Master and Commander is an exciting and very unconventional epic-on-the-high-seas, which is unquestionably one of 2003's best films, but is at the same time not quite worthy of the instant-classic many critics have bestowed upon it.
Based on the first and tenth of Patrick O'Brian's 20 "Aubrey/Maturin" novels, Master and Commander tells the story of the crew of the H.M.S. Surprise, a ship in the British Navy at the time of the 19th century Napoleonic Wars. Led by the captain (Russell Crowe) and his first officer (Crowe's A Beautiful Mind costar Paul Bettany), the crew of the ship engages in only two battle scenes, spending the rest of the film preparing for battle, engaging in dialogue, and playing musical instruments.
And while the film may not have the excitement of your average shoot-'em-up action epic, 'Master' makes the most of its few action sequences, and makes them count. When was the last comic-book actioner you saw in which a teenaged supporting character loses his arm in the opening scene- and keeps fighting throughout the movie?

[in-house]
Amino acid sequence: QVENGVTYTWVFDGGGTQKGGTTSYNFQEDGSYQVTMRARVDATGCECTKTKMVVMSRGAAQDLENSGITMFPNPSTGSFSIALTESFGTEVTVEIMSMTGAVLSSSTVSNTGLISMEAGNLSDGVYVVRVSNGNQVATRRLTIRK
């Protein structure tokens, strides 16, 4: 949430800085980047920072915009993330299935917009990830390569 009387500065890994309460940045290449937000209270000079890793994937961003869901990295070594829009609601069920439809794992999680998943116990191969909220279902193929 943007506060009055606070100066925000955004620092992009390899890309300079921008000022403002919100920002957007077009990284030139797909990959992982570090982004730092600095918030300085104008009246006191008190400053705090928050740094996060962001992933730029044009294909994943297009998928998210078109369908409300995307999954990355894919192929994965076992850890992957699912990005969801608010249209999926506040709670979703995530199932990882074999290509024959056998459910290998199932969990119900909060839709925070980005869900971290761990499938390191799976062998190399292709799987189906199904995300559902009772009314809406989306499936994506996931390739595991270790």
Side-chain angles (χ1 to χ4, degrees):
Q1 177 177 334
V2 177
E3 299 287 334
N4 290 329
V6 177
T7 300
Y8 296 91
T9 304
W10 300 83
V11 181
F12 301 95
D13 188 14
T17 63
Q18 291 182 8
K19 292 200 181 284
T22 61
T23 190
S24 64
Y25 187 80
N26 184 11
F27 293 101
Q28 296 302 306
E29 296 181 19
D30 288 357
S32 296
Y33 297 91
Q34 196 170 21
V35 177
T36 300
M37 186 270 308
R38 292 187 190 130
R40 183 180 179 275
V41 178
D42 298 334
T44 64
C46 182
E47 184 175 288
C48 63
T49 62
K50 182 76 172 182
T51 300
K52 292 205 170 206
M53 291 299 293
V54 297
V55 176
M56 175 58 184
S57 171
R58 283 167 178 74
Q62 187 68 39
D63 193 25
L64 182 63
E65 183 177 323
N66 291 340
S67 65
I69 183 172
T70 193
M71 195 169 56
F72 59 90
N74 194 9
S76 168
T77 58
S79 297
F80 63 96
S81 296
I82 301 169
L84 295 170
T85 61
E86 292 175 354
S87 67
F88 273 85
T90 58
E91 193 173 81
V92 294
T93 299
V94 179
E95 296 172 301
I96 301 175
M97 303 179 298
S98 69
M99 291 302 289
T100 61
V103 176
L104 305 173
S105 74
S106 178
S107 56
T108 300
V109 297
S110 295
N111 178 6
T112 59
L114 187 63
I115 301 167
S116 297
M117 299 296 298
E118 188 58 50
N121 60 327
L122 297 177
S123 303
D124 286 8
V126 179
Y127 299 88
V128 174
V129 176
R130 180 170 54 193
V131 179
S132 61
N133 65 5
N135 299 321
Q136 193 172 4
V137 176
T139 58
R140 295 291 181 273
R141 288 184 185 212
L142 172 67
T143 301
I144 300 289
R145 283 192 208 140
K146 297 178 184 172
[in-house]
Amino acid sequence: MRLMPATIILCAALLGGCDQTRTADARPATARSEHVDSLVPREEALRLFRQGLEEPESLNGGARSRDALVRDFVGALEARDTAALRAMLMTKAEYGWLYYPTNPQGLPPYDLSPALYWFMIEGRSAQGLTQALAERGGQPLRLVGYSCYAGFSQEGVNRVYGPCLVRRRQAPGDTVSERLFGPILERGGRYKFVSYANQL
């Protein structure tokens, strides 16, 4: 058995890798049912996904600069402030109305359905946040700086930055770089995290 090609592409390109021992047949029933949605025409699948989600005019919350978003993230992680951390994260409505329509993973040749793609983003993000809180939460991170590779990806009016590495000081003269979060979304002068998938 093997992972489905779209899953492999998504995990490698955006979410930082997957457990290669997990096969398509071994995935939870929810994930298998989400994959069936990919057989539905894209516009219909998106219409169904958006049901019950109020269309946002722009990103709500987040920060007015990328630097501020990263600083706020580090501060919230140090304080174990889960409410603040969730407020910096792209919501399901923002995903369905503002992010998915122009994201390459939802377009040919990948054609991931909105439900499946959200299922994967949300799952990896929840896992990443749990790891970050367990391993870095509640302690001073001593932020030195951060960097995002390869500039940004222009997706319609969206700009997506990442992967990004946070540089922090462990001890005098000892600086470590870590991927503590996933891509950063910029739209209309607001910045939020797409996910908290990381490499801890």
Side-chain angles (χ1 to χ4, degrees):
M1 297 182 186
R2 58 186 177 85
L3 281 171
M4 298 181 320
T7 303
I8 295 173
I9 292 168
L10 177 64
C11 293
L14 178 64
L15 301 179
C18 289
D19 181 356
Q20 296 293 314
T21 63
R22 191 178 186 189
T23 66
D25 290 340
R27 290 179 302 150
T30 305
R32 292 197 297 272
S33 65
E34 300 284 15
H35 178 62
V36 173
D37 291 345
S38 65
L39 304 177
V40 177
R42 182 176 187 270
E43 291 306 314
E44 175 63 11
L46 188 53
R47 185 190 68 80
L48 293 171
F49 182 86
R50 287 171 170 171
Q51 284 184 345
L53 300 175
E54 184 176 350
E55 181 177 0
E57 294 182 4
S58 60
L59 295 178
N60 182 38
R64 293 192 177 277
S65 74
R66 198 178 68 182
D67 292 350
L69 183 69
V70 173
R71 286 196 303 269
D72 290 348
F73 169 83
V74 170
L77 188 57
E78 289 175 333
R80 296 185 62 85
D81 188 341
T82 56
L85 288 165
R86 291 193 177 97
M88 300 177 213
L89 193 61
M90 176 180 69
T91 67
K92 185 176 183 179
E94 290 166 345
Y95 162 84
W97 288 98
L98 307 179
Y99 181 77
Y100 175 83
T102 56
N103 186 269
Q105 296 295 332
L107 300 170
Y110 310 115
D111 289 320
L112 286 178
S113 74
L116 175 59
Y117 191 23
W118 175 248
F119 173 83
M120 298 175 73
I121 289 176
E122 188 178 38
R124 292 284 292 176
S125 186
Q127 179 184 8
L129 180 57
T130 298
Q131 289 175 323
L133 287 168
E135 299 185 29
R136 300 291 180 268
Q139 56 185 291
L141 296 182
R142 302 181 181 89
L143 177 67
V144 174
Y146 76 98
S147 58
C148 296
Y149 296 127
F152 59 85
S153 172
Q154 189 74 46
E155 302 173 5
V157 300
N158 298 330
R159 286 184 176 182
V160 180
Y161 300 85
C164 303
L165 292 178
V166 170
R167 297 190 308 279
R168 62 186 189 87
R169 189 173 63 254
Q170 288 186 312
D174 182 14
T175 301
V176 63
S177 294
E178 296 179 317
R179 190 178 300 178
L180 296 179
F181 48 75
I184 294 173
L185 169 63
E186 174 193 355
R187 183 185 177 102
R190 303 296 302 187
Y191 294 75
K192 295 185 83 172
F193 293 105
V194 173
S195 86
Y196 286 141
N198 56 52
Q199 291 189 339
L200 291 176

The Australian director Peter Weir, who previously made the historical war film Galipoli and later segued into such middle-brow American fare as Dead Poets Society and The Truman Show, does an excellent job directing action and dialogue alike. Yes, it's an "action" movie, but the most memorable parts of the film are a dinner table conversation, a visit to the Galapagos Islands, and a character performing surgery on himself.
Despite all these positive elements, one can't help but notice that there's something missing- the move just doesn't have that little something that separates a good film from a great one. Which is why it's likely to get lost in the Oscar shuffle amid the Lord of the Rings juggernaut.
Yes, Master and Commander is a superior entertainment, and is better than Gladiator. But not THAT much better.